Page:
From left to right - Balogh, Kellock, Caribé, Farkas, Rae, Palya, Szokolay and Lubenov.
photo: Patrick Španko
Bratislava was the third and final city, after London and Budapest, to host the one-time project that was the result of a joint effort by several European organisations.
Talented Hungarian multi-instrumentalist Róbert Farkas, who joined the famed 100-member Gypsy Orchestra when he was just 15 years old, kicked things off with a solo. The world's top jazz pianist, Scottish player Brian Kellock, soon joined him, followed by Brazilian/Scottish bassist Mario Lima Caribé, accordionist Martin Lubenov, drummer John Rae, saxophonist Balázs Dongó Szokolay, Hungarian dulcimer player Kálmán Balogh and singer Bea Palya.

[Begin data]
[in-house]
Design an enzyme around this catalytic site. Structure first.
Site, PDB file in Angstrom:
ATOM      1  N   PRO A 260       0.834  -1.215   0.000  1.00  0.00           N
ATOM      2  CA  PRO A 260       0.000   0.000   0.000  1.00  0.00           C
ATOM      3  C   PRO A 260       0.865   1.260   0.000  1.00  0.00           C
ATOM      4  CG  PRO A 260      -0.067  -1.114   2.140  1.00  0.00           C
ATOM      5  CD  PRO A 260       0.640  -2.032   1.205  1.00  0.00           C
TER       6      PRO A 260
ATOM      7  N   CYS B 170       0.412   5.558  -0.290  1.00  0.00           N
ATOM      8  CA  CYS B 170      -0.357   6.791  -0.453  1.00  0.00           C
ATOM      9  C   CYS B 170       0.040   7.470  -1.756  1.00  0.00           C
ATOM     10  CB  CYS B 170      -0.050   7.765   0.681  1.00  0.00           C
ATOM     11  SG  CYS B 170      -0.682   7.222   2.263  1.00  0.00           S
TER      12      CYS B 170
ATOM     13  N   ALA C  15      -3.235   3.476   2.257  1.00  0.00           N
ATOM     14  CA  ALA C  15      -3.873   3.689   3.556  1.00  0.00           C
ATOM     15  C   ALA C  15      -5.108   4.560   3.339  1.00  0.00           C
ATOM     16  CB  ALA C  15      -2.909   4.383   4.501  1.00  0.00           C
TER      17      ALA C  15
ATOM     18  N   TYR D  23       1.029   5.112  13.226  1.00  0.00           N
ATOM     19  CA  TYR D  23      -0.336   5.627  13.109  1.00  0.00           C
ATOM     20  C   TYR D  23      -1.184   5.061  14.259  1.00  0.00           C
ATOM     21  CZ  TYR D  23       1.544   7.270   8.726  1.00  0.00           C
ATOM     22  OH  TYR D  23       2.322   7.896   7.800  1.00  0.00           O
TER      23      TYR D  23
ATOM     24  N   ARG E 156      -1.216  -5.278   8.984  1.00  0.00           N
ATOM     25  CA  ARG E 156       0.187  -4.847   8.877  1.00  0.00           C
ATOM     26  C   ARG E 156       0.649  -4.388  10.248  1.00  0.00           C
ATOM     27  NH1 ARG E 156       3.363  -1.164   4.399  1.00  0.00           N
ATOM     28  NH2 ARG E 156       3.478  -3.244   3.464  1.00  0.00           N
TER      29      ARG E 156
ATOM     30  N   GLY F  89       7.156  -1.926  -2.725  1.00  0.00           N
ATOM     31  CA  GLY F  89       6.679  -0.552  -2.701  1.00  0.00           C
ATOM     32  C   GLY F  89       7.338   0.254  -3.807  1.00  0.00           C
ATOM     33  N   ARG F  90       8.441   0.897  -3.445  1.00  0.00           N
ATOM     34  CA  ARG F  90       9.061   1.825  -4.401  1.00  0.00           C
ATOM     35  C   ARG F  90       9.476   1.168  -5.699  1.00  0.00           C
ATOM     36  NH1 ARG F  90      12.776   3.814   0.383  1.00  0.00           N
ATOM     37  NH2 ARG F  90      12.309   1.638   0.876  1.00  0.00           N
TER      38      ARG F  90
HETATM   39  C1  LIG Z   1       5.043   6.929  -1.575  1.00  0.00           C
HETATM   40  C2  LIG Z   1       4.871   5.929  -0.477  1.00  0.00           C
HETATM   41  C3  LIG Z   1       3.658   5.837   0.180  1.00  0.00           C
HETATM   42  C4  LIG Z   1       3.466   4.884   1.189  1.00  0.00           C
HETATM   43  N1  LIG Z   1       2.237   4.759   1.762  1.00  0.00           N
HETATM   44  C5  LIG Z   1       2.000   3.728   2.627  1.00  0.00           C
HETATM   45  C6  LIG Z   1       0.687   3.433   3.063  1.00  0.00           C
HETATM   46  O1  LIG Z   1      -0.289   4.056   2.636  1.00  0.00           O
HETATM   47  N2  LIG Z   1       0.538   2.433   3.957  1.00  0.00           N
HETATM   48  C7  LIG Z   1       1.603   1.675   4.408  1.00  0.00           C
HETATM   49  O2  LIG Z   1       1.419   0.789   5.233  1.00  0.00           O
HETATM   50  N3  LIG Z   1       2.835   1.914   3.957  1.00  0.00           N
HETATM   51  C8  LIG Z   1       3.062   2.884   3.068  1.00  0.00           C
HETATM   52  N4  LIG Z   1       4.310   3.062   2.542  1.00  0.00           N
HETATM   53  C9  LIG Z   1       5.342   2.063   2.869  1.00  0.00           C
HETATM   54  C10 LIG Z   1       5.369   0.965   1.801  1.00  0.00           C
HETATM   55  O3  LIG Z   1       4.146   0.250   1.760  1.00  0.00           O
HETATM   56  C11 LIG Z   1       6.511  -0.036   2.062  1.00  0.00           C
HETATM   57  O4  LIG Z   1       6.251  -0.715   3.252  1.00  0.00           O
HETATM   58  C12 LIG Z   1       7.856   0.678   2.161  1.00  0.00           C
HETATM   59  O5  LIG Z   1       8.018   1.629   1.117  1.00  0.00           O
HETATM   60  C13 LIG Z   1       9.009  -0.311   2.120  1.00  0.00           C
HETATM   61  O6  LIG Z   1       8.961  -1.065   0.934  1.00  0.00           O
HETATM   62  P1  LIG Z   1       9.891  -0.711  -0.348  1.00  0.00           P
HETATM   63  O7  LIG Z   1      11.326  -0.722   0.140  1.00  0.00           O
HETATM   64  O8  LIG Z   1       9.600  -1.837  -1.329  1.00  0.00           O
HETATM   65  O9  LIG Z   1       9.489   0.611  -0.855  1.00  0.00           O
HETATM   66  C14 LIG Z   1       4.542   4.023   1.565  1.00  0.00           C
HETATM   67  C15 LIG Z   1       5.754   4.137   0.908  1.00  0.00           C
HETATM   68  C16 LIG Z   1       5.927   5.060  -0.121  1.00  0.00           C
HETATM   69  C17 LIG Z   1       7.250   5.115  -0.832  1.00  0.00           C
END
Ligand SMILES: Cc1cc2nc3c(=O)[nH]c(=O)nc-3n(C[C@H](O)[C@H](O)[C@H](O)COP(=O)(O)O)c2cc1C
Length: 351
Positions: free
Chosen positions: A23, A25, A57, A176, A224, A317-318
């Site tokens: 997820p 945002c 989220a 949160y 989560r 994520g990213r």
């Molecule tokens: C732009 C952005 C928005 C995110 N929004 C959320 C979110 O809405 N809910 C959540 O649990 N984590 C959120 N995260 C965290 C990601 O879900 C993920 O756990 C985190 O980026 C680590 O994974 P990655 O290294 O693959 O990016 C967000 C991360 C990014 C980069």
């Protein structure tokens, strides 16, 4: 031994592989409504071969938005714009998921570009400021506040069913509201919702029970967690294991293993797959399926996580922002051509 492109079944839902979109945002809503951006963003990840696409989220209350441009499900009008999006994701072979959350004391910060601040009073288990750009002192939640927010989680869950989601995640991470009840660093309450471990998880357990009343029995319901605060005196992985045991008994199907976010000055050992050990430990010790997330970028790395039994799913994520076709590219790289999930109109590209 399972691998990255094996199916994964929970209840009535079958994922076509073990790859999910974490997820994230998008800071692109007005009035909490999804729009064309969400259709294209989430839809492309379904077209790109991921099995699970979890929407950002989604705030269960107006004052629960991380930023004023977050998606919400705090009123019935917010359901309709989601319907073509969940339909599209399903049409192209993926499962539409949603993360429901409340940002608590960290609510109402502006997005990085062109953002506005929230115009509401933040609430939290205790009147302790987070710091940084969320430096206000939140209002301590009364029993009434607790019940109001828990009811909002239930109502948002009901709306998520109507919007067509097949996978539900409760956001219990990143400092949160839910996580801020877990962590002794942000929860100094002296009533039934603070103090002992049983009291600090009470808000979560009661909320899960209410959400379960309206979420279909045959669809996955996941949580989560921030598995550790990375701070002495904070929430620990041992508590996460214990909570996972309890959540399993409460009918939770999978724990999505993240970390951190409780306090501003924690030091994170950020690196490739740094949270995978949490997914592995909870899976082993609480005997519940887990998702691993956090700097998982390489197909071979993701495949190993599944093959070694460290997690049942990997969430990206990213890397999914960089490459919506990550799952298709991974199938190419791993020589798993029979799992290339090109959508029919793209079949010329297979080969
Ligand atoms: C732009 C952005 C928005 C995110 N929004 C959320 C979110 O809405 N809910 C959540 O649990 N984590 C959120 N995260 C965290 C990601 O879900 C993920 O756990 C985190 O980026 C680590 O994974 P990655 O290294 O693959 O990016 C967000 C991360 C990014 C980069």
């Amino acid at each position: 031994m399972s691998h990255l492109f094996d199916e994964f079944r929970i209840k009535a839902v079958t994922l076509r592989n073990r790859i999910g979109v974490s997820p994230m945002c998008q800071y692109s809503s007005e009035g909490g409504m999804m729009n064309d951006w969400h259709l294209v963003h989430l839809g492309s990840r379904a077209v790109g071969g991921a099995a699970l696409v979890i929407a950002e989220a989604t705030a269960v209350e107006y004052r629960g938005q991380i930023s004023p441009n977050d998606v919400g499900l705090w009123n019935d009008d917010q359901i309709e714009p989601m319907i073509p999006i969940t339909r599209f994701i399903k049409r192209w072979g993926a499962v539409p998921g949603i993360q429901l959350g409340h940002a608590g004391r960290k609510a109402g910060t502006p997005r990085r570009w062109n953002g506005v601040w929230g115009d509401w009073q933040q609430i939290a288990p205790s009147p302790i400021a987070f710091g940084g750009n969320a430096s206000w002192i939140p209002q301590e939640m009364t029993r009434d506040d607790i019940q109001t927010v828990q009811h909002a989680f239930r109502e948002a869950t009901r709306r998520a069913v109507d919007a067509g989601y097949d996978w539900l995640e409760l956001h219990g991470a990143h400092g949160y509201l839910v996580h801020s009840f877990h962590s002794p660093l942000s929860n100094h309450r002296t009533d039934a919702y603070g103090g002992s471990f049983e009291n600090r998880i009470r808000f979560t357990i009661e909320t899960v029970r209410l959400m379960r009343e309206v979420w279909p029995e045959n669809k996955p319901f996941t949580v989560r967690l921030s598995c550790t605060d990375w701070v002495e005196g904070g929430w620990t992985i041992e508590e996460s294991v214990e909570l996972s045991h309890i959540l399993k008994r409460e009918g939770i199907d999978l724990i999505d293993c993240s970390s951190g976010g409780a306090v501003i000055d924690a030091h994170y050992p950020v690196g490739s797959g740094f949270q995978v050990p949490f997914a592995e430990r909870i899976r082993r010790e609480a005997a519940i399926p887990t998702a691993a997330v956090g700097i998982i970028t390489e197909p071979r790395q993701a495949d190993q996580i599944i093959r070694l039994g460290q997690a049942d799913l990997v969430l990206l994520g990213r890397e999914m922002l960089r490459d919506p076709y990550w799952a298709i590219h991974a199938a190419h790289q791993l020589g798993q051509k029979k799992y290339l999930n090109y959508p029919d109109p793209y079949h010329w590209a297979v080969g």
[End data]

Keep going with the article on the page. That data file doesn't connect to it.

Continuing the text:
The unique mixture of cultures and genres from these world-class musicians ranged from traditional Balkan and gypsy tunes to jazz improvisations and modern trends, all rooted in highly inspirational variations on Bartók's melodies. The performers' rich harmony intertwined with surprise twists that lifted audience members out of their seats and let them savour solos filled with incredible skill and borderless experimentation. Palya's deep voice resonated with Indian influence that only added to the evening's diversity.
Each of the musicians had performed Bartók's works before and welcomed the opportunity to return to them. Hopefully, listeners feel the same, as Rádio Devín will broadcast a recording of the performance.